Because any celebrity designer who gets their work featured in a magazine is a good stylist, and that’s why we don’t notice the colour mistakes.

Learn how to create timeless design plans with perfectly coordinated colour so that you can keep calm and trust the process. You’ll get the confidence you need to tackle your renovation or new construction project with the outcome in mind.  I hope you’ll join me in my Specify Colour with Confidence spring workshops. There are only two events left and space is limited, so don’t delay! Enroll here.


Related posts:

First Rule of Design: Boring Now, Equals Timeless Later

Second Rule of Design: Waiting Now Equals Beautiful Later

Third Rule of Design: Expensive Does not Equal Timeless

Fourth Rule of Design: Trendy Equals Temporary


  • Melissa says:

    I think some of us panic and don’t trust the plan because the planner (maybe ourselves or someone else) hasn’t earned our trust 😀

  • Karen says:

    What MaryAnne did for your last place was stunning. And you know this will be the same. I am sure your former neighbors are also very grateful for her talent.

  • Kristin says:

    Such good advice, as always! Have you considered doing a mini workshop or a class (like the shopping class) on just styling, not all the details of the color system?

  • Robin says:

    I love this! Real time advice from an
    in-the-moment reno. Yours!! My most trusted colour expert.💛 This helps keep it all in perspective. And decision fatigue is a definite real deal lol.
    I just loved this post. So good.

  • Cheryl says:

    So true! I fretted about the bathroom faucets and then the bathroom light fixtures. Settled down when I couldn’t find anything I liked better, but I wasted hours looking. Thank you, Maria, for helping me build a timeless home! I get so many compliments. You’ve generously shared your design knowledge and helped us have more confidence in our choices.

  • JJ says:

    Such good advice and so true! We just finished a bathroom remodel and my husband said it looked boring and he was really worried about it. But I decided to trust my plan. Once we added color, art, plants, etc. it looks fantastic! Even he was impressed. And even though I didn’t get all of my white tile the correct shade, it all worked out in the end. No one is looking at the whites.

  • Stevie Regal says:

    This advice is such perfect timing. I’m finally renovating my old, ugly bathroom. I hit decision fatigue way too early because I was overthinking everything. I struggled to keep the “timeless and boring” motto front and center. Then agonized over the undertones of white cabinets vs tile vs countertop. Then the paint – another round of excess worry with the changing light (no windows, only a small skylight).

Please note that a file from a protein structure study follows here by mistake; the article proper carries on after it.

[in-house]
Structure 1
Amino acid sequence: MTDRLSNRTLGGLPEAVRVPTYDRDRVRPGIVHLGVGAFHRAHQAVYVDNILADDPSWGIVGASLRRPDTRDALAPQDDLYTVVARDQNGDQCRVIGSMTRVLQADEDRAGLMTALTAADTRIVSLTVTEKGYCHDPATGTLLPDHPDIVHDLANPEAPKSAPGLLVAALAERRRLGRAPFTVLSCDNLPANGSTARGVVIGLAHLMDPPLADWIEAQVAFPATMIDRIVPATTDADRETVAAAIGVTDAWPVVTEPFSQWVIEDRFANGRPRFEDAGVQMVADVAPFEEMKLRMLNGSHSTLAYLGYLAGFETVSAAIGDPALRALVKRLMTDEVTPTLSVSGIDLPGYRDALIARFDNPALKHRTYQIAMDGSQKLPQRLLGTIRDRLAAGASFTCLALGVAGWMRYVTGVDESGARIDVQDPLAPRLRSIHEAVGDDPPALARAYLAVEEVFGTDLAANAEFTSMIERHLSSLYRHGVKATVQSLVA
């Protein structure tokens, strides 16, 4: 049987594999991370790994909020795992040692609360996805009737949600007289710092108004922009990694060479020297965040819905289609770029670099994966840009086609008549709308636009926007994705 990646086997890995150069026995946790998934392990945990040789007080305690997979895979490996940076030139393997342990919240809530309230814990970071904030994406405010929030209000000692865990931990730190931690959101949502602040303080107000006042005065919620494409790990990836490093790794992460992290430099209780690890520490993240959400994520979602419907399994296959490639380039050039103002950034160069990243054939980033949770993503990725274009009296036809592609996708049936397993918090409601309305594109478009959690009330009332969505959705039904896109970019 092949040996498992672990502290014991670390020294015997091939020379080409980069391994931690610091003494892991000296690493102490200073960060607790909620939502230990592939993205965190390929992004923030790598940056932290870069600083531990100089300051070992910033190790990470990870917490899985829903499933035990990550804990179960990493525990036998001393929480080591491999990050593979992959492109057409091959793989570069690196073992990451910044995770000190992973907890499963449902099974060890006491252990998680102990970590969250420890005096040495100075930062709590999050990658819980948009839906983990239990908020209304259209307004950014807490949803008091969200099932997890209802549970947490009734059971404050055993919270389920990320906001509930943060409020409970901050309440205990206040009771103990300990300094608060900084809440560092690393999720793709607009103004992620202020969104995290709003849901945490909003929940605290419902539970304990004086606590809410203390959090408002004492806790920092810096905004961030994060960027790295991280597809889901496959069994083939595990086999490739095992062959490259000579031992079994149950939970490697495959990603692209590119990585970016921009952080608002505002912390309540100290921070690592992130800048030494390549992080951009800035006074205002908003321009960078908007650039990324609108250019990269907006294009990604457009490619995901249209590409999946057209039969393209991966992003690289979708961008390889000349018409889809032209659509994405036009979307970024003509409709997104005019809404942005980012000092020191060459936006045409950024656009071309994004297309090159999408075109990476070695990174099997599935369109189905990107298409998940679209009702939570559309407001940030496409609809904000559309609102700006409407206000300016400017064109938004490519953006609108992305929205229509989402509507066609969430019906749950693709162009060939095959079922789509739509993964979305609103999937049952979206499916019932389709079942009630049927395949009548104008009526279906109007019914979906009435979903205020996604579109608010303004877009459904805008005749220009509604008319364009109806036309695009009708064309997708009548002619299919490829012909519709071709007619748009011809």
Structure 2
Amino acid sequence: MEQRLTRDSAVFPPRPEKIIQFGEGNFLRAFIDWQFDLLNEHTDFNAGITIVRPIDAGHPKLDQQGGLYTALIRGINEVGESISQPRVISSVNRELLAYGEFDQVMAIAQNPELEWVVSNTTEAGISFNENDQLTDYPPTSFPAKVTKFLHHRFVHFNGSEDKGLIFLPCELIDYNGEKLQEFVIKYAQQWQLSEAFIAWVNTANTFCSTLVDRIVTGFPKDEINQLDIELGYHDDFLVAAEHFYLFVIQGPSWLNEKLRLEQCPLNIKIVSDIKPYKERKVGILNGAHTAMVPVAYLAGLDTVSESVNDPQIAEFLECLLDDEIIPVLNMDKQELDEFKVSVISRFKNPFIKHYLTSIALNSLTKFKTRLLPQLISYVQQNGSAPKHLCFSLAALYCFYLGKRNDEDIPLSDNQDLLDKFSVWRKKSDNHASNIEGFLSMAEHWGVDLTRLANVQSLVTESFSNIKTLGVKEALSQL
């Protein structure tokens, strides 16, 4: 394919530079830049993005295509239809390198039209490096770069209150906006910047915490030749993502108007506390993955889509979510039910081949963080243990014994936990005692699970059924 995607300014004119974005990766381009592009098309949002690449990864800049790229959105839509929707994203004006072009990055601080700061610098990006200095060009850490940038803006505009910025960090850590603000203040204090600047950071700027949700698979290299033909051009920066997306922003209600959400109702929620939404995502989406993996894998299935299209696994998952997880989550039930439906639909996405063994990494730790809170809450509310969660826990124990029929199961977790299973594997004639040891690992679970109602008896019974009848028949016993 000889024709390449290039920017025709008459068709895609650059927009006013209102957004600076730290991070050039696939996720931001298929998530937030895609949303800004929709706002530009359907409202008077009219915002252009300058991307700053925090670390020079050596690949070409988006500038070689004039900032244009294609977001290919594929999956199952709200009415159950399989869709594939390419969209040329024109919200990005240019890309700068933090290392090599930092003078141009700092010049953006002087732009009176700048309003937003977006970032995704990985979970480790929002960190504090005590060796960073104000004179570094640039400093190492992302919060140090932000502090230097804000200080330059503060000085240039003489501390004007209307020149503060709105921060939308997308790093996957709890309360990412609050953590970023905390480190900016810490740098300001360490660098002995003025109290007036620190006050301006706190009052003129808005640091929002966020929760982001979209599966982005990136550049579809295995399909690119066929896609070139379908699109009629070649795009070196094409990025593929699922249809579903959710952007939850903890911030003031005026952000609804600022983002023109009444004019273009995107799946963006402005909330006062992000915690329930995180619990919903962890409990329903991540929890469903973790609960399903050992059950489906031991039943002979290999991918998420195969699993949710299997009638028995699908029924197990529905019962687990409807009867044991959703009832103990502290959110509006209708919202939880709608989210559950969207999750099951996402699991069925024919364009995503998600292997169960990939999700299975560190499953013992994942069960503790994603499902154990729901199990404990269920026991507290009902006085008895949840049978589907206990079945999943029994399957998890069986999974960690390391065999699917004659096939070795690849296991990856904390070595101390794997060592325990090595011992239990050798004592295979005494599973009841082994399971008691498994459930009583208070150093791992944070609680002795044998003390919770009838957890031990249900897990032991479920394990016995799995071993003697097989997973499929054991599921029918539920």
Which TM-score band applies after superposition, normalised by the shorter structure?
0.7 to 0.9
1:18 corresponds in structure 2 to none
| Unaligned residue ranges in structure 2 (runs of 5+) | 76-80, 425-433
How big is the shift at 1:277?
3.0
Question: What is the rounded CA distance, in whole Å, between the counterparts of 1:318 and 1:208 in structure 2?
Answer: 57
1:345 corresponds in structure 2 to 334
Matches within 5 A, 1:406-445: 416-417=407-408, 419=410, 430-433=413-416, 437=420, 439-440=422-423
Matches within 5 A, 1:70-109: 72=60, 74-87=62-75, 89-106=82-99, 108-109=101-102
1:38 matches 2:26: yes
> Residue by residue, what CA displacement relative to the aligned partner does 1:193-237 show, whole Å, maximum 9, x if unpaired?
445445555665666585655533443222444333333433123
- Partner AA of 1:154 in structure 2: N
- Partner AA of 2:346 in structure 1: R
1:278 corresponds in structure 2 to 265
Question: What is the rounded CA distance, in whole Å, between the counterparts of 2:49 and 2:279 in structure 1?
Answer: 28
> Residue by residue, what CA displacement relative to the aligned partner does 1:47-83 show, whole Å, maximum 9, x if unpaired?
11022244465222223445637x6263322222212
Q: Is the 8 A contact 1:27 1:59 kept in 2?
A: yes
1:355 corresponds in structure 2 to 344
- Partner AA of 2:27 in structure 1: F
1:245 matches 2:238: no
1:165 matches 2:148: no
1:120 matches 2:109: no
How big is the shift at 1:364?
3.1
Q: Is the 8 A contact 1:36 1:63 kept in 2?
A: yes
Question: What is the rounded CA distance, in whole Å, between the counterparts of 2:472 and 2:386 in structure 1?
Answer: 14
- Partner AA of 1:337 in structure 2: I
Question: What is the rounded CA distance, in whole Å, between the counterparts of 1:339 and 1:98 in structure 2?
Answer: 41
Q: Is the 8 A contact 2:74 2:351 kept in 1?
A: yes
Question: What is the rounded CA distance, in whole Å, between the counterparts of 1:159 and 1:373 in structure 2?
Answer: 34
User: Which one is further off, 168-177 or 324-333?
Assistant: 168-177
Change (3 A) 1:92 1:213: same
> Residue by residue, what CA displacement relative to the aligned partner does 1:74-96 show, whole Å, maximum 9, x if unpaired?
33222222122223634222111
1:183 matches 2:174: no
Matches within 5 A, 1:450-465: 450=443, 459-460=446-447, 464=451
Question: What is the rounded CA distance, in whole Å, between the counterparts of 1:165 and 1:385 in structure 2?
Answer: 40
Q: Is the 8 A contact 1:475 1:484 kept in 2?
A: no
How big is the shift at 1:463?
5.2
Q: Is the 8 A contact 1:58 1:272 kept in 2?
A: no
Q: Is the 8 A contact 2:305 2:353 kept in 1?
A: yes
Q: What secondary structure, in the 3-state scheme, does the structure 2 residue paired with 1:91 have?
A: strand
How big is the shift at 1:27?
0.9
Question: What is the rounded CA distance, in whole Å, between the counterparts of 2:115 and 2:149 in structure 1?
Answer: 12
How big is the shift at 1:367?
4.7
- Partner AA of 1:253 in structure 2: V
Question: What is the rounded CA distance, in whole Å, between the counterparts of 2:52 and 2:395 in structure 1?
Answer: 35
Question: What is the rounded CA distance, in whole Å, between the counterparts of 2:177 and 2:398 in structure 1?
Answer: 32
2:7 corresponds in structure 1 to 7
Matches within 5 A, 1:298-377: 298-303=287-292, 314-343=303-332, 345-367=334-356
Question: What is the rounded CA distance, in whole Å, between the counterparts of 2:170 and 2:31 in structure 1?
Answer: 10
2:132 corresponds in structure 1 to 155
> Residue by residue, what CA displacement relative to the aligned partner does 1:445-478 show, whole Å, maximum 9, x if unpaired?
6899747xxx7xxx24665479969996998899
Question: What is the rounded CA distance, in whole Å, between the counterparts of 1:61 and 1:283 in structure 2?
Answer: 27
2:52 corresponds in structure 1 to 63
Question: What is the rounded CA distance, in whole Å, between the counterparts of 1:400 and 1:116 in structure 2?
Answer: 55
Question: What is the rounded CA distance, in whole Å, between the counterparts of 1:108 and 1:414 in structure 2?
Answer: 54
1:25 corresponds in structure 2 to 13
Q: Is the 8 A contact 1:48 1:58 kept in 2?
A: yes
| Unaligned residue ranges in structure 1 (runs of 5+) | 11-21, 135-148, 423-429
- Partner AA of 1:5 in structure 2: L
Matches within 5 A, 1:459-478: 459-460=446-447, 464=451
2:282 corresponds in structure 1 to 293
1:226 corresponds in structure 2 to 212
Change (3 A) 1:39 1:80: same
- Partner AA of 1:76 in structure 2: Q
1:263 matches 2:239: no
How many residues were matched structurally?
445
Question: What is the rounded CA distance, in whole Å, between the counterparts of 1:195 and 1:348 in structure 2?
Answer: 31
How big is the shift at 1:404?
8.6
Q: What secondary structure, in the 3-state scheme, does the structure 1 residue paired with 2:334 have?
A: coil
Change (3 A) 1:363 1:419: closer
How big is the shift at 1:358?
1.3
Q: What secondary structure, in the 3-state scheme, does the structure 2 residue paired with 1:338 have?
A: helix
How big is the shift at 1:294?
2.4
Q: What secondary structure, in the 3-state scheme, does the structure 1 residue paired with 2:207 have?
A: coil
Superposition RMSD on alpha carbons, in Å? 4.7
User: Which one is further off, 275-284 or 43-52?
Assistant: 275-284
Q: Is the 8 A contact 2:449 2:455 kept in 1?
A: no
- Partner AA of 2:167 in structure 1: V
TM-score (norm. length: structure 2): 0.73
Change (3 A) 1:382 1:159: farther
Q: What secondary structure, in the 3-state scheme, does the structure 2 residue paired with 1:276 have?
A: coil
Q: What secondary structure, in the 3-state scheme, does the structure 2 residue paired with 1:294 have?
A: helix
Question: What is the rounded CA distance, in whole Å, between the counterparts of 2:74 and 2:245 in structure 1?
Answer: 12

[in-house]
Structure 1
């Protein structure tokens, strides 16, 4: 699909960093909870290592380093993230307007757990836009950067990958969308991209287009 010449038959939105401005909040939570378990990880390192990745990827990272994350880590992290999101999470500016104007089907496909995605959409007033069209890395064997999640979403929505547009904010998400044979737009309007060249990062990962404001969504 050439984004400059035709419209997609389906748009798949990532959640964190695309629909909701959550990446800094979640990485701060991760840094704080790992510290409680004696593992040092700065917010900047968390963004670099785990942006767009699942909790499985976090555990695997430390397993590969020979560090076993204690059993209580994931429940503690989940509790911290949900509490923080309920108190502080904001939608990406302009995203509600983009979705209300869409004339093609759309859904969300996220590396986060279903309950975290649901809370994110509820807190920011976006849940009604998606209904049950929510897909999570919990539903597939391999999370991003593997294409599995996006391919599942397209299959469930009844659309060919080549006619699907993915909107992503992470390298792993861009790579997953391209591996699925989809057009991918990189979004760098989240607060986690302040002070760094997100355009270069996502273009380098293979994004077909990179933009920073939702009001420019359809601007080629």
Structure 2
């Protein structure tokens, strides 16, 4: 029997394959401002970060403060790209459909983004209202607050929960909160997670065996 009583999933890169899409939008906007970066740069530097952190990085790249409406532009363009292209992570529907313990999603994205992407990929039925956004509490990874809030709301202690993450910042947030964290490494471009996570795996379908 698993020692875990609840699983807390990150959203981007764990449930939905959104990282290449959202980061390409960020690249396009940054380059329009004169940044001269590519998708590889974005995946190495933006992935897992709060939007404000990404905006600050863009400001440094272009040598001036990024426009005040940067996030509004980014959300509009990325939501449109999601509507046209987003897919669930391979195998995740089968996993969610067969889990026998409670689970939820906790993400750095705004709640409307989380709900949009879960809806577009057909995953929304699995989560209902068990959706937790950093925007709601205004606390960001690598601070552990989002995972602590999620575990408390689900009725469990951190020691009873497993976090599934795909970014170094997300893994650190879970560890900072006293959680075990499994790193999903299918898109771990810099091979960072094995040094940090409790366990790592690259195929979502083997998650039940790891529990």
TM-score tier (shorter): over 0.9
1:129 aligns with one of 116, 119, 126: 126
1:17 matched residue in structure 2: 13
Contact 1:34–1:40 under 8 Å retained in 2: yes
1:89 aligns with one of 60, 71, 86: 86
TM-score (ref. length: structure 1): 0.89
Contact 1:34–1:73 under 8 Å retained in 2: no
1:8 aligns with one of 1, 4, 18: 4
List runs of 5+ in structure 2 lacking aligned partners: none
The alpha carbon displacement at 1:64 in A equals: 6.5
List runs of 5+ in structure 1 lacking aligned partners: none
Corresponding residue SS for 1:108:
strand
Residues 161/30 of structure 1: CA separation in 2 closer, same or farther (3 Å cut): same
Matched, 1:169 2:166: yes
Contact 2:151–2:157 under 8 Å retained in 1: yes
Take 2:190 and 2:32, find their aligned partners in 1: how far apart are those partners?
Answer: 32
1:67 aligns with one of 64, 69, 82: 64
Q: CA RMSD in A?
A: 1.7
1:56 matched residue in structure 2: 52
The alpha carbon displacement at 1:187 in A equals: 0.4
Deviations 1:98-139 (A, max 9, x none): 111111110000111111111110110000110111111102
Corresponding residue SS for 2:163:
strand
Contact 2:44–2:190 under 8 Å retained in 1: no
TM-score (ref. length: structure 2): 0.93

Then after I had all the materials here, I began to second-guess the tile layout and cabinet hardware. Why? I realize after seeing this article it was because it was all still in boxes and I lost track of my bigger picture.

    In the end? I had to shut off my brain, boot myself out of the analysis paralysis, and accept this is only a bathroom – one that will be so much better when finished that I doubt I or anyone else will notice if it isn’t absolutely perfect. I will do my best with Maria’s excellent blog advice and my budget. I know that once everything is styled (I use that loosely!), the function and appeal of a pretty, timeless bathroom instead of the tired mess in there now will be the first thing noticed.

    Thank you, Maria, for bringing some common sense back to my life.

    • Tracy K says:

      This is exactly right! I am remodeling my kitchen now, and, it is just part of the house! A place to cook and gather. At the end of the day, it will function so much better and I’m remembering to keep it timeless in accordance with the provenance of the house (1960s red brick ranch). So, perfect is not the goal — following the plan is the goal, then as Maria said–style it pretty! (And enjoy!)

  • Sheree L says:

    Makes me glad I don’t have any renovations or new-builds in my near future! But, this is such a great posts, Maria! With as stressful as the process already is, I think your insights will help a lot of people not go overboard with stress 🙂 Keep preaching the need for an overall plan, please. We need it to really sink in!

  • Brilliant advice! I’ll have to bookmark this post to send to any of my design clients who may have concerns about paint or fixtures, before everything is in place.

  • Deb Landy says:

    So true Maria. Thank you. And how good in the end that you had this experience in your own new build to remember what clients building or making major renovations go through. It’s always harder in your own space: both home and head!

    Thank you once again for helping us see the big picture.

    Also, LOVE the landscape design.